The mesas of New Mexico and Arizona are, usually, regular in outline, sometimes resembling in the distance cloud-banks on the edge of the horizon, but oftener suggesting mighty fortresses, or ramparts to resist invasion, like the wall of China. These are not only beautiful in form and color, but from the fact that they recall the works of man, we gaze at them with wonder, and find in them a fascinating interest. They prove that Nature needs some human association to appeal strongly to us, and how man's history of smiles and tears gives pathos, mystery, and romance to scenes which otherwise would be merely coldly beautiful or terribly sublime. It is for this reason, doubtless, that we are always endeavoring to personify Nature. We think of solitary trees as lonely, of storm-tossed waves as angry, and of a group of mountains as members of one family.

A Mesa

A Mesa.

A Group Of Mesas

A Group Of Mesas.

Thus some of the Arizona mountains are called brothers. No doubt their birth was attended by the same throes of Mother Earth, and they possess certain family resemblances in their level summits, huge square shoulders, and the deep furrows in their rugged cheeks; while all of them evince the same disdain for decoration, scorning alike the soft rich robes of verdure and the rough storm-coats of the pines.

The idea of companionship in Nature is not wholly fanciful. Is not the fundamental law of the universe the attraction which one mass of matter has for another? Even the awful distances in interstellar space form no exception to this rule; for telescopic scrutiny reveals the fact that planets, suns, and systems move in harmony, on paths which indicate that they are all associated in the stupendous drama of the skies. The human interest connected with the mountains and the mesas of New Mexico and Arizona is not very great. No mediaeval mystery haunts these castles sculptured by the hand of Nature. No famous romancer has lighted on their cliffs the torch of his poetic fancy. No poet has yet peopled them with creatures of his imagination. We can, unfortunately, conjure up from their majestic background no more romantic picture than that of some Pueblo Indian wooing his dusky bride. Yet they are not without some reminiscences of heroism; for valiant men, a half century ago, following the westward moving star of empire, braved almost inconceivable hardships in their shadow, when, after four thousand years, American pioneers repeated the old, old story, begun upon the plains of Shinar, as the "Sons of the East" went westward in their quest of fortune. How few of us think of those unrecorded heroes now, as we cross this region in luxurious cars! To most of us the dead, whose bones once whitened many of these lonely plains, are nothing more than the last winter's snowdrifts melted by the sun; yet how effectively the Saxon has succeeded in his conquest of the continent we have continual evidence as we glide swiftly, from the Atlantic to the Pacific, through glowing grain fields, prosperous cities, and states that rival empires in size. Where formerly the Spanish conquerors, in their fruitless search for the reputed Seven Cities glittering with gold, endured privations and exhibited bravery which have hardly been surpassed in the entire history of the world; and where, too, as if it were but yesterday, the American Argonauts toiled painfully for months through tribes of hostile Indians, across desert wastes and over cloud-encompassed mountains, we find ourselves the inmates of a rolling palace, propelled by one of Nature's tireless forces, and feel at times in our swift flight as if we were the occupants of a cushioned cannon-ball of glass. Even the crossing of one of the many viaducts along our route is a reminder of how science has been summoned to assist the invader in his audacious enterprise of girdling a continent with steel.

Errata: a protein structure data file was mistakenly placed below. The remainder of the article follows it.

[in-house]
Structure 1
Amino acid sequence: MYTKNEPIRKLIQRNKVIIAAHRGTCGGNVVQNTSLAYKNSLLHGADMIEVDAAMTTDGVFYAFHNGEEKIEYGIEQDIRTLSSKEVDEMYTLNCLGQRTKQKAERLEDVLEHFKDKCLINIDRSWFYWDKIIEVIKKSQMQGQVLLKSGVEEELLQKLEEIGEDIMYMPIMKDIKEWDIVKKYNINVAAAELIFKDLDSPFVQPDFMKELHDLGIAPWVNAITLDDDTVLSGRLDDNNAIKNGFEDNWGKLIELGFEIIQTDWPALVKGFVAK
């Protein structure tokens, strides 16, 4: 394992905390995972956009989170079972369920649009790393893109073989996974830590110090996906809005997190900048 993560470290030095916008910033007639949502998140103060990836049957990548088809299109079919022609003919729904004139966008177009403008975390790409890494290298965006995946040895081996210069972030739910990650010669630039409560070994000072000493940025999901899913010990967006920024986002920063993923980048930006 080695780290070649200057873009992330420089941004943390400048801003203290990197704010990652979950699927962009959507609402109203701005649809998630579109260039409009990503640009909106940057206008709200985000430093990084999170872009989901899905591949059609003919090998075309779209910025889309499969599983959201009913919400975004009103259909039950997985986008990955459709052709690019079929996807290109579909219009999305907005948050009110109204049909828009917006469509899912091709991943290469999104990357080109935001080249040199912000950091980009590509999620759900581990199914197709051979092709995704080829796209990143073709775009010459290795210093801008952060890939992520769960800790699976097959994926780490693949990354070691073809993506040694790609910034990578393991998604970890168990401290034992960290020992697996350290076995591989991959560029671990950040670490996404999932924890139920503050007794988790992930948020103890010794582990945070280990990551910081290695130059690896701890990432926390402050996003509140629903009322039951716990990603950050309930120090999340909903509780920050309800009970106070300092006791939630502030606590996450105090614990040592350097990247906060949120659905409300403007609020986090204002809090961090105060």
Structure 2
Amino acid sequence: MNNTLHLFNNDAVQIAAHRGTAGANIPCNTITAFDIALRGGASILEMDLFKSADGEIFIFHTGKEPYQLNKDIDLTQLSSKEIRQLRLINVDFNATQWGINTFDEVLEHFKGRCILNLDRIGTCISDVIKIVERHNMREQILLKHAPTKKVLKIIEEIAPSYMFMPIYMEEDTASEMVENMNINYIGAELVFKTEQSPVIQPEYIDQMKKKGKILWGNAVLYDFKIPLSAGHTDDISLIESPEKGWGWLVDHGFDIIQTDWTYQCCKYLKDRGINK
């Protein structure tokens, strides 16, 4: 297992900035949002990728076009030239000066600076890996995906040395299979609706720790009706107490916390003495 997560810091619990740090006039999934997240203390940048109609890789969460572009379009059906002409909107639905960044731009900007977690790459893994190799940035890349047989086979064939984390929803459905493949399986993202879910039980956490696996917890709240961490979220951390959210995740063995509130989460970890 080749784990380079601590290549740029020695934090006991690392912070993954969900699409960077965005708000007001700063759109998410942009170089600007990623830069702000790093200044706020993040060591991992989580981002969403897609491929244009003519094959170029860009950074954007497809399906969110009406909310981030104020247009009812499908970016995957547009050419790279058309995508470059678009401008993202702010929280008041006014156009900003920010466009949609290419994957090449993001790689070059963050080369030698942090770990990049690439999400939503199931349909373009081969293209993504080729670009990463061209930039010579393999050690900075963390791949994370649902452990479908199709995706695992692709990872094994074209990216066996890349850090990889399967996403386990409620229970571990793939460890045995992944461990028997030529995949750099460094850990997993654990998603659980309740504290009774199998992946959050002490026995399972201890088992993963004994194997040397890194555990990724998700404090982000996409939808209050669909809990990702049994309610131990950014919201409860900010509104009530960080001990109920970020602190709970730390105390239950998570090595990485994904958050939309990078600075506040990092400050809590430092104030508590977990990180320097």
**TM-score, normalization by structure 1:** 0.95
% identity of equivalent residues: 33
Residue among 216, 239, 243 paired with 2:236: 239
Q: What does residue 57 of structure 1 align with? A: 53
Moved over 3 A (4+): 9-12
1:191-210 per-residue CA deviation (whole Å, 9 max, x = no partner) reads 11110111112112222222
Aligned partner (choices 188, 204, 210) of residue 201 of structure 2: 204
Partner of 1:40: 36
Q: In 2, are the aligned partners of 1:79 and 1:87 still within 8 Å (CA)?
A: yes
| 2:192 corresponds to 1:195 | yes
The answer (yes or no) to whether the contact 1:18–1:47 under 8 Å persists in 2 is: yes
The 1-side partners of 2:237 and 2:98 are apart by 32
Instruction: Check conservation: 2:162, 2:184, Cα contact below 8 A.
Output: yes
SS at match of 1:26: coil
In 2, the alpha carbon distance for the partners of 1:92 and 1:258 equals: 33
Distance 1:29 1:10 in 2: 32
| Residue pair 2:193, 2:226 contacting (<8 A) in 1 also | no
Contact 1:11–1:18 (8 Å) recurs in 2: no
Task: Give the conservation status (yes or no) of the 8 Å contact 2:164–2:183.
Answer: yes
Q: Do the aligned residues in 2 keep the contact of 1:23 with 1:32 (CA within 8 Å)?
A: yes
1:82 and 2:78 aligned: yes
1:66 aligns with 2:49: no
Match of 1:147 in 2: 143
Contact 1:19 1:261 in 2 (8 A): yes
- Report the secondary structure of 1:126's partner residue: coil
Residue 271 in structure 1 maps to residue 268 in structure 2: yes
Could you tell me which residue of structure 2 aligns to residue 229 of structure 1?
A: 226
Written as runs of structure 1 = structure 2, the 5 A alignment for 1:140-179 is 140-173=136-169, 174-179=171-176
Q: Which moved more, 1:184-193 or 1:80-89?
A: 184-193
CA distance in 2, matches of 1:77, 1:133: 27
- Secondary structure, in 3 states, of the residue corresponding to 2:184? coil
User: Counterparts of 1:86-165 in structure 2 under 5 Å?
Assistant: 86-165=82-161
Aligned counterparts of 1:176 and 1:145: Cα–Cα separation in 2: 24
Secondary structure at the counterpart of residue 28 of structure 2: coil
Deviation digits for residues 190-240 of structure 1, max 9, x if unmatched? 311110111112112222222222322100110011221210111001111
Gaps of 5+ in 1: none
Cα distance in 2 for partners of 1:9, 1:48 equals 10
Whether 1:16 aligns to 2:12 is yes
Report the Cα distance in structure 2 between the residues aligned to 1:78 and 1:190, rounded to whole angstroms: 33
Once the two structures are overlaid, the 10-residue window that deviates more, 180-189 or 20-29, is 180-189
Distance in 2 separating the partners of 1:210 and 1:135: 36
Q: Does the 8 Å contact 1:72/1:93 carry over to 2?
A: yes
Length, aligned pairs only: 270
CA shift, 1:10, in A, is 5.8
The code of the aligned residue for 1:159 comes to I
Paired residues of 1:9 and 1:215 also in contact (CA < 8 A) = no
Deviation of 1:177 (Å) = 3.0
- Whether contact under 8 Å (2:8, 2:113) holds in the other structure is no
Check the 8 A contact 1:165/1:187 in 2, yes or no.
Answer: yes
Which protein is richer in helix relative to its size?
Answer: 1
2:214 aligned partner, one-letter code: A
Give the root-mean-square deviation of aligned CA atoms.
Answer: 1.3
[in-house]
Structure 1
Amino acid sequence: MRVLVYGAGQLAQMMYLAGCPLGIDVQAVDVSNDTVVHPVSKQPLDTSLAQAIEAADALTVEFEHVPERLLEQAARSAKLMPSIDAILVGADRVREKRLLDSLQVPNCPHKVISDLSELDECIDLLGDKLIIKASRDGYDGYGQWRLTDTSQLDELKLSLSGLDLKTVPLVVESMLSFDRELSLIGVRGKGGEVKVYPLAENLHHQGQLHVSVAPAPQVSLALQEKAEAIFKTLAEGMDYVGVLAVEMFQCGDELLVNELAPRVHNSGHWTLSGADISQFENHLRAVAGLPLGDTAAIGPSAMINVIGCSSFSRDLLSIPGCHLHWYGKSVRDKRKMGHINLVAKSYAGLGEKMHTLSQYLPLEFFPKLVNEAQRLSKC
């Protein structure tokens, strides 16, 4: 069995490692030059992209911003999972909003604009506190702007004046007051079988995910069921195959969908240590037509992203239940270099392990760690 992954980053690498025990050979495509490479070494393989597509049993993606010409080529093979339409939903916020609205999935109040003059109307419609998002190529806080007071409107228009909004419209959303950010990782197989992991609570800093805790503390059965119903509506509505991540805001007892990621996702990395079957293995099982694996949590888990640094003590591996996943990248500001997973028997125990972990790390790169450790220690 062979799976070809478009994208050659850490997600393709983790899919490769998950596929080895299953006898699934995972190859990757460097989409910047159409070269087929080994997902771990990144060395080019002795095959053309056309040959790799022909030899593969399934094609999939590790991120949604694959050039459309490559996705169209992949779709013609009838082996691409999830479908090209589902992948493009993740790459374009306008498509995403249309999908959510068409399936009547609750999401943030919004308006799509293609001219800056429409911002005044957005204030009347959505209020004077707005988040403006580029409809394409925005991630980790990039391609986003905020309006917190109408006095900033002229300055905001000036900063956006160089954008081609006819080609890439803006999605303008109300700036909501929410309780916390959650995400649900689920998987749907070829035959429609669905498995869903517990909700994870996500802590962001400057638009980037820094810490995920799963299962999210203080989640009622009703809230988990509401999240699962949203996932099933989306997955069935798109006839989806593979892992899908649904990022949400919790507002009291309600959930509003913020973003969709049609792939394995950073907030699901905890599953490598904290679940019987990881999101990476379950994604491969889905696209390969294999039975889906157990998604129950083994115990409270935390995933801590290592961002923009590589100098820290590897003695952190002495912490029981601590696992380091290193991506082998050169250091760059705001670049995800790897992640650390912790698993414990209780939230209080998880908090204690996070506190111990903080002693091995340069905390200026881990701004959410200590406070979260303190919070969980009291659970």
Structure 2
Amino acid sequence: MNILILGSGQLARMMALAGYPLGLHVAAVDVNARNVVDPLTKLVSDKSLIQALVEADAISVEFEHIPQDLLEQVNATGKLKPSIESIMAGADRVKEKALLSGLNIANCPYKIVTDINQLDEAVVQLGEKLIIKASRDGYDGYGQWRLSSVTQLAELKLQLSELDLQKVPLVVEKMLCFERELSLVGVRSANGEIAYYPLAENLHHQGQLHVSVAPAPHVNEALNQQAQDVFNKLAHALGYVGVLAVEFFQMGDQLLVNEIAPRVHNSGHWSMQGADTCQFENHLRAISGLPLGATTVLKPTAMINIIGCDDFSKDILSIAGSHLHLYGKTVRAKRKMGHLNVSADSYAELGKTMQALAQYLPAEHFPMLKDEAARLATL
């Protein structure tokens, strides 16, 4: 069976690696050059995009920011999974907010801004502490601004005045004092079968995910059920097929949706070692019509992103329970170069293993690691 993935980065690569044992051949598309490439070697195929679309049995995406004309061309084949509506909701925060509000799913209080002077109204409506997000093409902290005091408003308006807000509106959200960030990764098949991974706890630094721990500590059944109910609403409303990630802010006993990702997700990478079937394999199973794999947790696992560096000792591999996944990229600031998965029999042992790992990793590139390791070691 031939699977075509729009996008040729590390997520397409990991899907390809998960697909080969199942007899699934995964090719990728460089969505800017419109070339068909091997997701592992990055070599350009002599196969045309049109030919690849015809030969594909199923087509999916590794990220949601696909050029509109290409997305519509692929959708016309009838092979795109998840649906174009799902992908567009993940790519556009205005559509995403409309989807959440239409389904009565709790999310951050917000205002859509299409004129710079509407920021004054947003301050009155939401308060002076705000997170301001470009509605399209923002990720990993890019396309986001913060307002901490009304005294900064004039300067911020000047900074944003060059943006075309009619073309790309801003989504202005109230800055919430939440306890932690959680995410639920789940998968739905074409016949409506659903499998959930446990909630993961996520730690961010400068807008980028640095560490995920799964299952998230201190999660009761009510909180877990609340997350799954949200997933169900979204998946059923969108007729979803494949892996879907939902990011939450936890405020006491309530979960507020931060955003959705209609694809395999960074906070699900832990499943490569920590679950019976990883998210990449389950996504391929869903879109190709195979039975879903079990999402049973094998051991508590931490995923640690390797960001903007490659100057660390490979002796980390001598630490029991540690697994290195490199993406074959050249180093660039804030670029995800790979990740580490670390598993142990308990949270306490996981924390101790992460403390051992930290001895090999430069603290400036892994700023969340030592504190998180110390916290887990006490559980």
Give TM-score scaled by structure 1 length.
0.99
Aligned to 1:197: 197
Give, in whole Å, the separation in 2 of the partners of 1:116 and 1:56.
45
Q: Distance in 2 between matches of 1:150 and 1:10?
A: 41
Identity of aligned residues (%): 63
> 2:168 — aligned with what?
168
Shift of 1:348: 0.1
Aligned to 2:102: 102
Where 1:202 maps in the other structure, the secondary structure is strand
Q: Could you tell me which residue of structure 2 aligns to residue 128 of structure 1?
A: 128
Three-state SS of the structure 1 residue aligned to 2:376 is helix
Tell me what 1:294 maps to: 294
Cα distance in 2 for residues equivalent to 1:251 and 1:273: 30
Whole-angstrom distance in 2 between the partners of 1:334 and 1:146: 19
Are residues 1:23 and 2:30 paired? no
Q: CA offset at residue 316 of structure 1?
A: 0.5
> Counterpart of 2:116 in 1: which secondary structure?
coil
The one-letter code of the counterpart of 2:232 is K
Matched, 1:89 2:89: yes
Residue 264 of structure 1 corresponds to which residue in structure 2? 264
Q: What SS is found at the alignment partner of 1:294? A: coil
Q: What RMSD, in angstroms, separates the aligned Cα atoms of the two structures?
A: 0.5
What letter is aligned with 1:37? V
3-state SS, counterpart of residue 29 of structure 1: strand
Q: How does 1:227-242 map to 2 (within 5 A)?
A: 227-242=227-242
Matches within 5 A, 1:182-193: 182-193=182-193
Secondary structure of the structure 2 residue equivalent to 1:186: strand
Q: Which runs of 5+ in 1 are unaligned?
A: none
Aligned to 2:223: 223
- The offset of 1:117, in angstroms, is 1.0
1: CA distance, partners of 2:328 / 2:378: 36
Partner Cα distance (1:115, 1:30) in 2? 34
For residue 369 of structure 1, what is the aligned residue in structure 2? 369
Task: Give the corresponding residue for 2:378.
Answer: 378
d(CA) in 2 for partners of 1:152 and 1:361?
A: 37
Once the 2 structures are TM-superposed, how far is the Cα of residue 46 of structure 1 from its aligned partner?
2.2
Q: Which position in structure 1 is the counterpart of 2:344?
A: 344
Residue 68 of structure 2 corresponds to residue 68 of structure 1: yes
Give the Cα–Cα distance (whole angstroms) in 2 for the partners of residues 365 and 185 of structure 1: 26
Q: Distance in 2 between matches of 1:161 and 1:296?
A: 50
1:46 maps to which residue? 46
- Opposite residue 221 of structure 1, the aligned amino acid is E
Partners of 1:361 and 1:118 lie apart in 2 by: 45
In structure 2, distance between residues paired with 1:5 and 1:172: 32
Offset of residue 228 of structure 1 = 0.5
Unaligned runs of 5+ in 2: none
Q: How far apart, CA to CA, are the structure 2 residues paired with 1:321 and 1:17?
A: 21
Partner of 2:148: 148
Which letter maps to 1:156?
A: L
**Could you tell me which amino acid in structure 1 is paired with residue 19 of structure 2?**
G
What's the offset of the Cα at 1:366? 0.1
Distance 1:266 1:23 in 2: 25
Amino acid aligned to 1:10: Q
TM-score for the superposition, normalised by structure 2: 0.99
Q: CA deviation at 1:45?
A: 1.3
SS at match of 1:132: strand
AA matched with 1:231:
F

On The Old Santa Fé Trail

On The Old Santa FÉ Trail.

An Arizona Cloud Effect

An Arizona Cloud-Effect.

Old Home Of Kit Carson, Taos, N. M

Old Home Of Kit Carson, Taos, N. M.

Grave Of Kit Carson, Taos, N. M

Grave Of Kit Carson, Taos, N. M.